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does anyone know if JPA is a good approach to a scalable environment? (i.e web application in a cluster, or several clusters), if not what is a good approach?


edit: I changed JTA for JPA, I think the question makes more sense now.

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depends on many things...idea is to strike the balance for your needs and requirements...the question is very generic – Pangea Oct 22 '11 at 14:51
"JTA" doesn't respond to scalability, an implementation does. It's the JEE standard; what other options are you considering, and why? – Dave Newton Oct 22 '11 at 14:52
Hi, I'm making a web application in java, and I intend to use Hibernate, but a friend of mine told me that Hibernate isn't very good at handling memory, so I investigated a little, and didn't find anything, so I considered using DAOs, but I think it's worse. – Alvin Baena Oct 22 '11 at 14:58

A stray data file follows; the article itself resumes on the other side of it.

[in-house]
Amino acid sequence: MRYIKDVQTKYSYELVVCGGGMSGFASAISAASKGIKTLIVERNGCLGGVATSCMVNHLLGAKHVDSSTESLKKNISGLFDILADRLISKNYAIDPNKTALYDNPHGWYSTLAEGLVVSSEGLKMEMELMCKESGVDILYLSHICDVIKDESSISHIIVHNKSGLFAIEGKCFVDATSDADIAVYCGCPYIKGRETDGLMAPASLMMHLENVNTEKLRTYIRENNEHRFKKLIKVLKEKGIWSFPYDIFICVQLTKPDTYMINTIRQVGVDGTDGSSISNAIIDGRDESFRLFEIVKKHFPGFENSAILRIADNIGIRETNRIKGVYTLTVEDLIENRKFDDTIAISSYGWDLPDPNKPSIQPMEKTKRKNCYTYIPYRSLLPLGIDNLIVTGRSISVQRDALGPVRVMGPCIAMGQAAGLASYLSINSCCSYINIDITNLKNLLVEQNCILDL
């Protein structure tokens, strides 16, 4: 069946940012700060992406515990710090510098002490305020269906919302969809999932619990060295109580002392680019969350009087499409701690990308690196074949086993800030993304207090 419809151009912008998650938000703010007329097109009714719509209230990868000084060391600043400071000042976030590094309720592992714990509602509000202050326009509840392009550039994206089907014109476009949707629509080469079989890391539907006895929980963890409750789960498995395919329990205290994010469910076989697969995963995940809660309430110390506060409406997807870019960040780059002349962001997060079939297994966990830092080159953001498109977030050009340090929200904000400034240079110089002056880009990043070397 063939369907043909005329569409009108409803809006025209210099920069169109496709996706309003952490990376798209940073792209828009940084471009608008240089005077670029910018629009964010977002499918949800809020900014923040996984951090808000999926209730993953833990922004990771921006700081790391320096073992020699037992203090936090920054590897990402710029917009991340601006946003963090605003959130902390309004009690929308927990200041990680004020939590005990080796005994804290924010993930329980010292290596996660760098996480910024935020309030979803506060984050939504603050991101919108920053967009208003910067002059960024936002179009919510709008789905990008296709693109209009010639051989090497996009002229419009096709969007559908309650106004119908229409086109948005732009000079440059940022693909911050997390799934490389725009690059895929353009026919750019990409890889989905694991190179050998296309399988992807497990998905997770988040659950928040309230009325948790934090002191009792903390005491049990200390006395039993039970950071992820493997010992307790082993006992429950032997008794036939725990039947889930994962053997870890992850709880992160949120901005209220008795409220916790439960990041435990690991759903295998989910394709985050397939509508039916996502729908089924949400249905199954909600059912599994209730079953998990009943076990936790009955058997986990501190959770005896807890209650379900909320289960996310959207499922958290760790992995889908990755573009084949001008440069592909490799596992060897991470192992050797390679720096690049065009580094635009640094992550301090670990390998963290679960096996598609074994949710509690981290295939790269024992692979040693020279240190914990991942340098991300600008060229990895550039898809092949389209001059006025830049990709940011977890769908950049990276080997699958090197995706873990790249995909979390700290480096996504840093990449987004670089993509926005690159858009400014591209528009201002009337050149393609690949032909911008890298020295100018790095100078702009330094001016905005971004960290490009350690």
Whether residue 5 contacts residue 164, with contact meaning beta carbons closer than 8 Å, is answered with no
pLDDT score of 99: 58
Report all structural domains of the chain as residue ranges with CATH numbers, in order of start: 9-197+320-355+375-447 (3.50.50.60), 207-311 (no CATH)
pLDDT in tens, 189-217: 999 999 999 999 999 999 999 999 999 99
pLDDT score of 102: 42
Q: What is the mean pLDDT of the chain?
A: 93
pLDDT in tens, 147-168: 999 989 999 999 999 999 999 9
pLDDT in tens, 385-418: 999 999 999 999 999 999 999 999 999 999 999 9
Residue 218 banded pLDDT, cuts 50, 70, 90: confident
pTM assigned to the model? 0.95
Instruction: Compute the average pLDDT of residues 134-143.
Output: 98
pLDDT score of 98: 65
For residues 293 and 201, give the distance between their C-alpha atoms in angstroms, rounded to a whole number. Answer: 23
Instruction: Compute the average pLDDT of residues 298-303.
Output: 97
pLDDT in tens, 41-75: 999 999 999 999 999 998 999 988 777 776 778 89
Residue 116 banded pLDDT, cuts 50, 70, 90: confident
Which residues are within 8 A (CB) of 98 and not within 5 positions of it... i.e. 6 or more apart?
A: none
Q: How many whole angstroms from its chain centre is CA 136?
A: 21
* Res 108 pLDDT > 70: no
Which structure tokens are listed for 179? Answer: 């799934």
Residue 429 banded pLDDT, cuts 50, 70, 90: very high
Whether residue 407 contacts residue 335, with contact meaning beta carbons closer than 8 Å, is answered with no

There is somewhat similar post, although not exactly about the same issues, of Adam Bien's: Remember that "Premature optimization is the root of all evil" - D. Knuth. Just develop your application, do some tests and then decide if this meets your requirements. – Piotr Nowicki Oct 22 '11 at 15:03
You're confusing JPA (Java Persistence Architecture) and JTA (Java Transaction API). Hibernate is an implementation of JPA, and applications using JPA typically use JTA as a way to demarcate transactions. – JB Nizet Oct 22 '11 at 15:09

1 Answer 1

up vote 2 down vote accepted

You'll find implementations of JPA built into many world-class Java EE application servers — for example, JBoss has its Hibernate, Websphere — OpenJPA. They're scalable and capable of running in clusters. This fact alone should let you sleep well, or at least not to be concerned with it on a general level.

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Ok, thank you very much, this helped me greatly. – Alvin Baena Oct 22 '11 at 16:08
Also Oracle WebLogic uses EclipseLink, and Glassfish uses EclipseLink, also refer to the main Java EE benchmark that heavily uses JPA – James Oct 24 '11 at 15:43

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